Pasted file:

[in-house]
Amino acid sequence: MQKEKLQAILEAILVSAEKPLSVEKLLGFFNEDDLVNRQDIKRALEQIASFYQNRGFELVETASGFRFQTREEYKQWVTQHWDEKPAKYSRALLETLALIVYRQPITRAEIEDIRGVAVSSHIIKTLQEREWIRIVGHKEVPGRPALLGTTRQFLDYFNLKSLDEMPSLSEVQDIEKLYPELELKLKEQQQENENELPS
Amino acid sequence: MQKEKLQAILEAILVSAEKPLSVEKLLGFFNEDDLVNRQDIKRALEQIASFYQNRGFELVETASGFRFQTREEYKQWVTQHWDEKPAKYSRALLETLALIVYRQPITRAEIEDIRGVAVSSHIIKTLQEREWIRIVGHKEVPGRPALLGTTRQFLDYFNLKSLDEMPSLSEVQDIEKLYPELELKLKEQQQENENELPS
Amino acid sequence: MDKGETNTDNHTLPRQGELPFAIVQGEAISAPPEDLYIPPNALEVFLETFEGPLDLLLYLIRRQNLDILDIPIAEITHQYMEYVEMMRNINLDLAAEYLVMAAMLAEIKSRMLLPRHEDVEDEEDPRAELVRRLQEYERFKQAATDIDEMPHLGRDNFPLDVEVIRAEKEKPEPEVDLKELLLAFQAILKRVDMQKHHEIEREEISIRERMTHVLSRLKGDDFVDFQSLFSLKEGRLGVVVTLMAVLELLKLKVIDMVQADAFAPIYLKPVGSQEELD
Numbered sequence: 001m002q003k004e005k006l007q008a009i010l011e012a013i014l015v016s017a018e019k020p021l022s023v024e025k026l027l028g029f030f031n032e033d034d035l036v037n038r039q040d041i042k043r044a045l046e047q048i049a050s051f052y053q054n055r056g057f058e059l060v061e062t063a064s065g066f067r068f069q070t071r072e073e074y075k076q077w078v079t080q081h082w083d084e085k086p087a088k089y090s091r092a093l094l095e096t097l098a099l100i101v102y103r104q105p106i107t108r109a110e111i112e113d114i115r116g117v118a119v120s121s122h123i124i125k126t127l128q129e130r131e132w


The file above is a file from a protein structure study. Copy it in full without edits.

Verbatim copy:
[in-house]
Amino acid sequence: MQKEKLQAILEAILVSAEKPLSVEKLLGFFNEDDLVNRQDIKRALEQIASFYQNRGFELVETASGFRFQTREEYKQWVTQHWDEKPAKYSRALLETLALIVYRQPITRAEIEDIRGVAVSSHIIKTLQEREWIRIVGHKEVPGRPALLGTTRQFLDYFNLKSLDEMPSLSEVQDIEKLYPELELKLKEQQQENENELPS
Amino acid sequence: MQKEKLQAILEAILVSAEKPLSVEKLLGFFNEDDLVNRQDIKRALEQIASFYQNRGFELVETASGFRFQTREEYKQWVTQHWDEKPAKYSRALLETLALIVYRQPITRAEIEDIRGVAVSSHIIKTLQEREWIRIVGHKEVPGRPALLGTTRQFLDYFNLKSLDEMPSLSEVQDIEKLYPELELKLKEQQQENENELPS
Amino acid sequence: MDKGETNTDNHTLPRQGELPFAIVQGEAISAPPEDLYIPPNALEVFLETFEGPLDLLLYLIRRQNLDILDIPIAEITHQYMEYVEMMRNINLDLAAEYLVMAAMLAEIKSRMLLPRHEDVEDEEDPRAELVRRLQEYERFKQAATDIDEMPHLGRDNFPLDVEVIRAEKEKPEPEVDLKELLLAFQAILKRVDMQKHHEIEREEISIRERMTHVLSRLKGDDFVDFQSLFSLKEGRLGVVVTLMAVLELLKLKVIDMVQADAFAPIYLKPVGSQEELD
Numbered sequence: 001m002q003k004e005k006l007q008a009i010l011e012a013i014l015v016s017a018e019k020p021l022s023v024e025k026l027l028g029f030f031n032e033d034d035l036v037n038r039q040d041i042k043r044a045l046e047q048i049a050s051f052y053q054n055r056g057f058e059l060v061e062t063a064s065g066f067r068f069q070t071r072e073e074y075k076q077w078v079t080q081h082w083d084e085k086p087a088k089y090s091r092a093l094l095e096t097l098a099l100i101v102y103r104q105p106i107t108r109a110e111i112e113d114i115r116g117v118a119v120s121s122h123i124i125k126t127l128q129e130r131e132w